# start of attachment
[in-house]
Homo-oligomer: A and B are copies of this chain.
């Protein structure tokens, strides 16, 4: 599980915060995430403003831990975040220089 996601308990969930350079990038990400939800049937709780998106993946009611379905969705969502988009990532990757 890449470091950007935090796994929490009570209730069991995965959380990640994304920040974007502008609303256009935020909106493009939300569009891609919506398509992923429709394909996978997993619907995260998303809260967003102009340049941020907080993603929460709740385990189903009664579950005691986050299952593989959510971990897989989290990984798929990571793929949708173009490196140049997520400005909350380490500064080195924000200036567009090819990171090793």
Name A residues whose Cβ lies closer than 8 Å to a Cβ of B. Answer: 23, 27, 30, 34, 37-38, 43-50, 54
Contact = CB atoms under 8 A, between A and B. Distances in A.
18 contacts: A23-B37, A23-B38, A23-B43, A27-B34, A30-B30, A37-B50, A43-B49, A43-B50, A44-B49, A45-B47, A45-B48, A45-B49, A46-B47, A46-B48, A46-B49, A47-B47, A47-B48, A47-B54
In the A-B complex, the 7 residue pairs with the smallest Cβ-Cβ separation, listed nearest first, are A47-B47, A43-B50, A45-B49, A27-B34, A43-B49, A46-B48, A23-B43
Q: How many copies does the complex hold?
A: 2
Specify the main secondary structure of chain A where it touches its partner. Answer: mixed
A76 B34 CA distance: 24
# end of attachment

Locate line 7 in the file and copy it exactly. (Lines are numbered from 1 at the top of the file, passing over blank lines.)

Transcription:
In the A-B complex, the 7 residue pairs with the smallest Cβ-Cβ separation, listed nearest first, are A47-B47, A43-B50, A45-B49, A27-B34, A43-B49, A46-B48, A23-B43